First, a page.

15. Beloved, the text means, not only that we shall know about the past, but as we follow on to know the Lord we shall know in the present the sweet things of the gospel and the enjoyments which are stored up for the Lord’s people. “Eye has not seen, neither has ear heard, the things which God has prepared for those who love him; but he has revealed them to us by his Spirit, for the Spirit searches all things, even the deep things of God.” You will not know the choice things which God has prepared for his people except as, by degrees, the Spirit of God reveals them to you. Press on to know more about God. I know it sometimes puzzles you to hear us talk about election. You cannot quite understand the doctrine of eternal love, which had no beginning and never shall have an end; of immutable love which neither moves nor changes; of vital union to Christ, justification through imputed righteousness, and the like. Very well, we will not trouble you with high sounding terms, and theological phrases; but as you follow on to know the Lord you will know the deep things of God. Continue to follow on to know more about Christ. Stick to the one desire, — to know more about him, and you will find your way through difficulties. Just as in a maze, if you follow the clue you will get to the centre of it, so Christ is the clue to all gospel mysteries, follow that silken clue stained with scarlet, and you will arrive at all those precious truths one by one, and have the present enjoyment of them as God shall see that you are able to bear them. He deals with us in much prudence, and according as our strength is so he reveals these choice things to us. “You cannot bear them now,” said Christ concerning certain truths which he would gladly have taught to his disciples; so you beginners cannot bear the higher doctrines now, and if we were to preach them to you we would stagger you, but you will bear them soon, indeed, you will love them soon; and, whereas they may seem bugbears to you tonight, the day shall come when you shall bless God that he ever revealed them in Scripture, and you will be prepared to die in defence of them.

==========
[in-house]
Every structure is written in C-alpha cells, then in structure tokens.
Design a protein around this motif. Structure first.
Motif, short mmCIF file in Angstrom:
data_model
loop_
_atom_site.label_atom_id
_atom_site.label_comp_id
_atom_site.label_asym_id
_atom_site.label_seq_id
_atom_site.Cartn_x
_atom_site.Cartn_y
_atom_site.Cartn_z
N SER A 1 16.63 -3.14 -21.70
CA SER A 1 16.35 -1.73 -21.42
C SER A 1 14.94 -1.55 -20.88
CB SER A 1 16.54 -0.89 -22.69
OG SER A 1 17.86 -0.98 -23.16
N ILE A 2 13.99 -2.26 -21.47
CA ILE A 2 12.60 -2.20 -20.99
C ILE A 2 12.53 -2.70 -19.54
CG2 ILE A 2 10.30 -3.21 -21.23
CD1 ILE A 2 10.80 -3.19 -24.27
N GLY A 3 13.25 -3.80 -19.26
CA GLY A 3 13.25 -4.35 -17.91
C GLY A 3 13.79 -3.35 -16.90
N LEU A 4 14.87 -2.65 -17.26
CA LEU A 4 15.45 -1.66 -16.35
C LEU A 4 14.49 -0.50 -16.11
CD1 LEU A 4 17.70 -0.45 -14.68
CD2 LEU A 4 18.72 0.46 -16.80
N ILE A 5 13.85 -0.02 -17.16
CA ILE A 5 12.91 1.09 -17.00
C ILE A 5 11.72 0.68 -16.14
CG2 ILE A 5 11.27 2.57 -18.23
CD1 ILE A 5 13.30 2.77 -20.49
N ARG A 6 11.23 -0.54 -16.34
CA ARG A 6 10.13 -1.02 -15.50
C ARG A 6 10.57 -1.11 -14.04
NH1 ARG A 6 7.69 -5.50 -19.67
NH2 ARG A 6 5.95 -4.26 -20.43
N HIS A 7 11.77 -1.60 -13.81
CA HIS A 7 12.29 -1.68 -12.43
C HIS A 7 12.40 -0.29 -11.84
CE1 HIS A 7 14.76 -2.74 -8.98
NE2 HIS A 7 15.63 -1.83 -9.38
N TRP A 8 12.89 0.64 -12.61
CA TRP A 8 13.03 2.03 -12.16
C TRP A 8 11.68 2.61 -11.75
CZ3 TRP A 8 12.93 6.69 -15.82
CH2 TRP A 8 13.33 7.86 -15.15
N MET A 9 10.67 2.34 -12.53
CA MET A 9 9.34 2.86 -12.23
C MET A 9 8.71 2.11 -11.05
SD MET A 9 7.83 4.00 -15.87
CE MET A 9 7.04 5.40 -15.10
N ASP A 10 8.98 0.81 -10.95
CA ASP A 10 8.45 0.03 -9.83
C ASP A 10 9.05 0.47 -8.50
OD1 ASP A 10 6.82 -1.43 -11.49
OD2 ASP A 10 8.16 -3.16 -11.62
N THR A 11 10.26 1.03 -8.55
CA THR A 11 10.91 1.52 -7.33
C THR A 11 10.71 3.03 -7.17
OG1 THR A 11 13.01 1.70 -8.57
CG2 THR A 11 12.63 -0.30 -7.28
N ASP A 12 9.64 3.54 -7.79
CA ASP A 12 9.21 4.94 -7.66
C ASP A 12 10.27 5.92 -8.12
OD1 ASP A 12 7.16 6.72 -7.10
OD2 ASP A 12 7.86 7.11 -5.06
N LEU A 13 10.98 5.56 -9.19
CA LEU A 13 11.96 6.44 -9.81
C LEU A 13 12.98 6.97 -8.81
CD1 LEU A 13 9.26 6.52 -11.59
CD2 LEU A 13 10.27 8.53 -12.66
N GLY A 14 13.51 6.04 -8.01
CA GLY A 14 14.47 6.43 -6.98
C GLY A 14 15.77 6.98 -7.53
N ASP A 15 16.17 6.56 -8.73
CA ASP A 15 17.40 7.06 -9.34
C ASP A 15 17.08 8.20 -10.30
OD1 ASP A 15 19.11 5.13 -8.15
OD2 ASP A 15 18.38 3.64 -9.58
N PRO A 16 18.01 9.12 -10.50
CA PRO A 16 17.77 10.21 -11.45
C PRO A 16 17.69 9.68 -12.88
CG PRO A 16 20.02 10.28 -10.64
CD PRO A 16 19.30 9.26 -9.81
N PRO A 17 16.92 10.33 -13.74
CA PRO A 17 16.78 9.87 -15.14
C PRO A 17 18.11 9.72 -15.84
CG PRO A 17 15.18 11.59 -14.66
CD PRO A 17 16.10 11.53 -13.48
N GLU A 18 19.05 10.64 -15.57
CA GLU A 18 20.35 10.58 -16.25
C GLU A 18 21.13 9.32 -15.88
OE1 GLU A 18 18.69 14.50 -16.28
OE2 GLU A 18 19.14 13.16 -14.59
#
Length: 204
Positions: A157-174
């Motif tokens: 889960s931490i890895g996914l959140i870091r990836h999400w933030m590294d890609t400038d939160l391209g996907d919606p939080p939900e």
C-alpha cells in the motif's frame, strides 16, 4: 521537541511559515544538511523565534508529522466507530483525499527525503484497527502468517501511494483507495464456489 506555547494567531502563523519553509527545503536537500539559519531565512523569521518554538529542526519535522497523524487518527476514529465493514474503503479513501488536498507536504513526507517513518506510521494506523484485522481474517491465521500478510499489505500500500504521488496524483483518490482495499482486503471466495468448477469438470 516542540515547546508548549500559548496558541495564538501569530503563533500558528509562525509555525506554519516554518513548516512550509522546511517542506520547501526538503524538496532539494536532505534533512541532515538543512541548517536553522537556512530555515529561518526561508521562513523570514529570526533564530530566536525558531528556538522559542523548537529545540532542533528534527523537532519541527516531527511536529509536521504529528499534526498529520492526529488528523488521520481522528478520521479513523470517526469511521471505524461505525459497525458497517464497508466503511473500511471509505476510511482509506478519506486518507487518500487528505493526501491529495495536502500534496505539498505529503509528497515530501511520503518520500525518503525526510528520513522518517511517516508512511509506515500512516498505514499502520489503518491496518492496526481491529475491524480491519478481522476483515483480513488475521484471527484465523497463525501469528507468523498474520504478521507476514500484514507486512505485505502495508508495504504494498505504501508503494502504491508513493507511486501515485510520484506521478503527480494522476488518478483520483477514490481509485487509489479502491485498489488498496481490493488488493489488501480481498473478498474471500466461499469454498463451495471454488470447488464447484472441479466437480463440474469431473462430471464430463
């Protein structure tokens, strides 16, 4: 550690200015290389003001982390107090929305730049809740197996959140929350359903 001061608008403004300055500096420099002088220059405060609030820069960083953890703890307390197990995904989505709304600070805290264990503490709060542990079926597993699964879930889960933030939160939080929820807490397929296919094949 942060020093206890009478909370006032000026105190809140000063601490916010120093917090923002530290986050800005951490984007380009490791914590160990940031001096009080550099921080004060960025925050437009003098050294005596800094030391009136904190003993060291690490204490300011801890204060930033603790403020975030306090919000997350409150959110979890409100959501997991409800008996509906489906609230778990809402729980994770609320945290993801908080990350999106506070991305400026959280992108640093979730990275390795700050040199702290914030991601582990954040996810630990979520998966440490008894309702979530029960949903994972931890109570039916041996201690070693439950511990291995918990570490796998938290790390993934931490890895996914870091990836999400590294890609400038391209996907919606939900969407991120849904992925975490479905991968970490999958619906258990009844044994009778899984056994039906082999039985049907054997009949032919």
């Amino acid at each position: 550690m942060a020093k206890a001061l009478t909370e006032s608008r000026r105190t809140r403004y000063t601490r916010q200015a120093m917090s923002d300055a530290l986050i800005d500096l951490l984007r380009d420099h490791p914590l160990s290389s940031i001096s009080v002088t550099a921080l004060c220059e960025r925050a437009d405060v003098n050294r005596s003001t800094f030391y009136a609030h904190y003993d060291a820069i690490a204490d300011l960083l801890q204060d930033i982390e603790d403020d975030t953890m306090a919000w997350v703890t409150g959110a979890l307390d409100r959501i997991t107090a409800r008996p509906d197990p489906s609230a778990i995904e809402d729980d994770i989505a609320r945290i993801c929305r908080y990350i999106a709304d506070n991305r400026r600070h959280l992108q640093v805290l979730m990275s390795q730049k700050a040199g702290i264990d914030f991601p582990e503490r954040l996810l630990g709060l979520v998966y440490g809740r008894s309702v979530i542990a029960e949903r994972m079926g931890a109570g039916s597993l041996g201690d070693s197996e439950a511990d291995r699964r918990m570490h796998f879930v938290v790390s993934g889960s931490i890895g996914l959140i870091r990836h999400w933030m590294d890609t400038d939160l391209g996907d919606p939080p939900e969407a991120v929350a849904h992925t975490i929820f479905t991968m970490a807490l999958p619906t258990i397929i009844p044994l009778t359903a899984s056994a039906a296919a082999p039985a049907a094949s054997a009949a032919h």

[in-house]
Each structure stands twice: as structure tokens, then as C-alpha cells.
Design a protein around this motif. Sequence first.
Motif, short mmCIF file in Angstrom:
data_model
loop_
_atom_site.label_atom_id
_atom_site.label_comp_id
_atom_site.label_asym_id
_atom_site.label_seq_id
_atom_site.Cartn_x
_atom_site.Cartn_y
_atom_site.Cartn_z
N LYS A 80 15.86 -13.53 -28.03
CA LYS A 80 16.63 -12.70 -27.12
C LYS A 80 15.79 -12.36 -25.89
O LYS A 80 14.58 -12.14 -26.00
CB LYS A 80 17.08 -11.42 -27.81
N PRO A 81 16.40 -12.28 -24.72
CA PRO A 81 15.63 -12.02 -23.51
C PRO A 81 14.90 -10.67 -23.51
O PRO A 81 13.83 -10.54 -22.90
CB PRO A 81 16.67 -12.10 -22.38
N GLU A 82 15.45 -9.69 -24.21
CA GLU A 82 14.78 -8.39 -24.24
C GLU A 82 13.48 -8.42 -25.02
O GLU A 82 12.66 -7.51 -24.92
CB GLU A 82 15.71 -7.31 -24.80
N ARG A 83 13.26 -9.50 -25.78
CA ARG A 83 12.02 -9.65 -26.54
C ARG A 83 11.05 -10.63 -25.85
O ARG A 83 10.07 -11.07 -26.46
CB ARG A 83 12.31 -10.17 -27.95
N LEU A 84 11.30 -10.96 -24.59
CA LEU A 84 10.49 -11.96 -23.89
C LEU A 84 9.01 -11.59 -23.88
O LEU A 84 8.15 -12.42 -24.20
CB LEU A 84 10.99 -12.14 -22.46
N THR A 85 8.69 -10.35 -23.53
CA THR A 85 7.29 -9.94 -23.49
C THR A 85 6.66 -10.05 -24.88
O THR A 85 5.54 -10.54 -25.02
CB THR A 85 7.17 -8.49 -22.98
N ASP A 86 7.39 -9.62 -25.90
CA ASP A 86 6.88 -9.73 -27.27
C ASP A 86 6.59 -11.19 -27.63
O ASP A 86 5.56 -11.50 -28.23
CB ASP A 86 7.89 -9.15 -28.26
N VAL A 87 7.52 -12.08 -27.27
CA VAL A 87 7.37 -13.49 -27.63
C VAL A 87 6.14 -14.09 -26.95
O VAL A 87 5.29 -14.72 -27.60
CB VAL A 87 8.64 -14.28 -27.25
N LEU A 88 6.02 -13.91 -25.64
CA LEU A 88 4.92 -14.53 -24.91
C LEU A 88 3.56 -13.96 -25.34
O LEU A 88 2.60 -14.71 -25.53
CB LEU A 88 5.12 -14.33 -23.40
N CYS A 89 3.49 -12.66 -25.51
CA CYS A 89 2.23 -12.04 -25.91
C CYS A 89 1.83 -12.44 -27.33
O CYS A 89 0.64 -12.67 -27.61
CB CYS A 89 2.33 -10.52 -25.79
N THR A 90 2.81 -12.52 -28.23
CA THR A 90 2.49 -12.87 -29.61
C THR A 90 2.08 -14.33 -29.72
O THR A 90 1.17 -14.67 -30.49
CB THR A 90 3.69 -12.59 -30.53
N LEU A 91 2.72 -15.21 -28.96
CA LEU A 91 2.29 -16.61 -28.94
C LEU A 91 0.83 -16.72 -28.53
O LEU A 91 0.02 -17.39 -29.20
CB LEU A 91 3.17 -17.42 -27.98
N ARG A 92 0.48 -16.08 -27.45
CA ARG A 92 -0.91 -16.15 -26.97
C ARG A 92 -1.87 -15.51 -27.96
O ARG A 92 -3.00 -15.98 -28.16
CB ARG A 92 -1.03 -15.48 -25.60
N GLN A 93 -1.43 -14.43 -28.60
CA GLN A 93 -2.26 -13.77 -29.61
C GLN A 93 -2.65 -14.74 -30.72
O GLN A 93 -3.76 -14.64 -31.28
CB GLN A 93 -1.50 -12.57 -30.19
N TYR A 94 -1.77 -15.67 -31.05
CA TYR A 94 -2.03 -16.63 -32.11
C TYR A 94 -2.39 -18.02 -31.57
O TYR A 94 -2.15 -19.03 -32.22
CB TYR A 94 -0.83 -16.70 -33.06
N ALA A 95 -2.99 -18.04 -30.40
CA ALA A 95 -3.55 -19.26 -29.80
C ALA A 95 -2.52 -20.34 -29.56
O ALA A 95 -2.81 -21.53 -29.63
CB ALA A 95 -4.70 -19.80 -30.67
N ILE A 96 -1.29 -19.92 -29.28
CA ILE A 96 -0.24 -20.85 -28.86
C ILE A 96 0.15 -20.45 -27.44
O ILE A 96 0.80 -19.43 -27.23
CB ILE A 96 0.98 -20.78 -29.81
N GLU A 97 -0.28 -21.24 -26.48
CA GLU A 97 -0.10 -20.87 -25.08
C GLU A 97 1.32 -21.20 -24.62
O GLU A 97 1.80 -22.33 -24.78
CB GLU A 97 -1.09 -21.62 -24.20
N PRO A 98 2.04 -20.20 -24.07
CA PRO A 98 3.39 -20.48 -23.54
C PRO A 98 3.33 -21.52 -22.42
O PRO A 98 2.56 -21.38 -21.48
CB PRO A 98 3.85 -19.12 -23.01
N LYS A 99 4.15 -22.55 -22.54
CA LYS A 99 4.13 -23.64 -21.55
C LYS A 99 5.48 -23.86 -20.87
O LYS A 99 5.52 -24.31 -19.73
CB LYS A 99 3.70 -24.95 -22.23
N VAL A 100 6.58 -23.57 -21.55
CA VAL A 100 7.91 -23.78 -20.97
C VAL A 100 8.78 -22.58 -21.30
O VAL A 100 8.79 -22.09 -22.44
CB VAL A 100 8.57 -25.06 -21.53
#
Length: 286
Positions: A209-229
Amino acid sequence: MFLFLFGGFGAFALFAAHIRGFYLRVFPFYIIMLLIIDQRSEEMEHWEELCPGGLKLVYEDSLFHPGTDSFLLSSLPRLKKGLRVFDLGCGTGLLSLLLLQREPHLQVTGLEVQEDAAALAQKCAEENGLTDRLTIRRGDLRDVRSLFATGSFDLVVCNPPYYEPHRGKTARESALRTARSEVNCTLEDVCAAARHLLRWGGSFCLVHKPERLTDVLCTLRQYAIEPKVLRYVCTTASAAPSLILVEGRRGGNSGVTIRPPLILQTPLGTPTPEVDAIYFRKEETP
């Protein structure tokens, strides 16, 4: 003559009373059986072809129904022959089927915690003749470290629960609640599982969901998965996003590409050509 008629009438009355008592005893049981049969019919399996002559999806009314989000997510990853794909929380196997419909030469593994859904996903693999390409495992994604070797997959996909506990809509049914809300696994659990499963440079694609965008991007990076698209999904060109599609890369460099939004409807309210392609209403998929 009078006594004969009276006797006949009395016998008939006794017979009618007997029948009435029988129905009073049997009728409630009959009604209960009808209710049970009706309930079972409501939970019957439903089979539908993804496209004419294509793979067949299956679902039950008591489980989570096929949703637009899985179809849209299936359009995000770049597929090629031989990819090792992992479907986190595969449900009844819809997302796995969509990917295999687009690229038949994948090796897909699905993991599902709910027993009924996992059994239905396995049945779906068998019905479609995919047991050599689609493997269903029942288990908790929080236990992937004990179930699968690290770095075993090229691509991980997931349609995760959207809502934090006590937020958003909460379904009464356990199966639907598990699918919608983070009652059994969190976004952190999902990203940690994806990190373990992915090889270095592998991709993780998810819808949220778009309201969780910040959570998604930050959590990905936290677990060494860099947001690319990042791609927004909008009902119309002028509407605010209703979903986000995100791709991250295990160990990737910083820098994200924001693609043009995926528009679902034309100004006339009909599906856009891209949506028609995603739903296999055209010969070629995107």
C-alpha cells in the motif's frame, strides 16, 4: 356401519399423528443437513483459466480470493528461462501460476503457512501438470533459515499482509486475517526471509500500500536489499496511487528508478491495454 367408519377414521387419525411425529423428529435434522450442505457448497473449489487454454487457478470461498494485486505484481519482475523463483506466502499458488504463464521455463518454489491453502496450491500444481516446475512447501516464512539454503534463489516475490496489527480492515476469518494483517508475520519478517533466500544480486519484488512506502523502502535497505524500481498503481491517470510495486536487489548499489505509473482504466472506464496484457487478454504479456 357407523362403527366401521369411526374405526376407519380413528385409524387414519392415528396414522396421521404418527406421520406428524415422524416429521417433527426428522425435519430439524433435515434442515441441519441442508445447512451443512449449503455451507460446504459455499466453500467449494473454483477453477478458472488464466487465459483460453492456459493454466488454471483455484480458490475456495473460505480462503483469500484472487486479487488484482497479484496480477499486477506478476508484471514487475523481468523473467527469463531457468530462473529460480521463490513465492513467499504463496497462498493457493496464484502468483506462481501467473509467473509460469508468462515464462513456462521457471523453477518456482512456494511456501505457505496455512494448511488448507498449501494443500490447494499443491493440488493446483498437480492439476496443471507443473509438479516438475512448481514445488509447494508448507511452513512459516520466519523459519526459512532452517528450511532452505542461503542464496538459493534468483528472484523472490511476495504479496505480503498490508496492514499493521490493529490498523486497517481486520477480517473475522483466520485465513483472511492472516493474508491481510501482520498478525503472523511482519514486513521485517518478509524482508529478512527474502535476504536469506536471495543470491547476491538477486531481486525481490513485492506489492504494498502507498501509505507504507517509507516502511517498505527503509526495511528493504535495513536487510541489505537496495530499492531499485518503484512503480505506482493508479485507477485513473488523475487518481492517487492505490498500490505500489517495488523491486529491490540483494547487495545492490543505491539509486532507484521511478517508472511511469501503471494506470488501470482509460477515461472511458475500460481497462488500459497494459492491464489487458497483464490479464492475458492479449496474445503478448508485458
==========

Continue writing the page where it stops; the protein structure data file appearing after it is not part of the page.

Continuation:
16. Beloved Christian friends, those of you who have gone to greater lengths than others in divine knowledge may well take this promise to yourselves concerning the future: “Then we shall know, when we follow on to know the Lord.” We know something about our Lord’s love and faithfulness, and truth, and power to save, we know the covenant of grace, and we have seen something of its lengths and breadths and depths and heights, but we are conscious that we have no more fully understood the boundless love and grace than the child who takes up a handful of water from the sea has held the Atlantic in his palm; but we shall know, we shall know. We shall know more and more and more, and especially we shall know more as we get nearer to heaven. That land Beulah teaches very much; saints quickly grow wise in that region, where the angels bring bundles of spices from the other side of the river, and stray notes from the harps of angels are borne on favouring breezes to the blessed ears of God’s beloved ones who are waiting to be called away. We shall know. All that has been revealed to the saints shall be revealed to us when we follow on to know the Lord. Their rapturous enjoyments when they have been overcome with divine love — we shall drink from those wines on the lees, well refined. Their confident assurance when they were as certain of their interest in divine love as of their own existence — we shall climb to that, and stand upon our high places too. “Then we shall know when we follow on to know the Lord.” Oh, brothers and sisters, can you guess what is yet to be revealed to you? Could you have imagined at the outset of the Christian life that you would, or could have had such confidence and rest and peace as you have now? I ask those of you who have had many trials and have been rooted and established in the faith by them — could you have thought it possible that you would have had such a grip and hold on Christ as you now have? Perhaps you were for many years under a misty, cloudy ministry, and yourselves in a kind of semidarkness, “not light, but visible darkness”; but the Lord has brought you out to see all things finished in Christ, and to understand the covenant of grace. Oh, what brightness is before you now! but — but the day comes, even before you get to heaven, when the light of this day shall be as dimness compared with what you shall see; for the light of one day shall then be as the light of several days, if you press forward in this knowledge as God shall help you. There are ascending rungs in the ladder of grace and platforms each one above the other in the divine climbing. The mount of the Lord is very high: he who stands even at its base is saved, but there are higher platforms, and we ascend first to one, and then to another, and from the elevations, gradually rising, the scene widens and the air grows clearer. Oh, to be higher, higher, higher, and so nearer to light, nearer to perfection, nearer to God. Press on, oh climber, and you shall find that you shall know more and more about the Lord as you press towards him.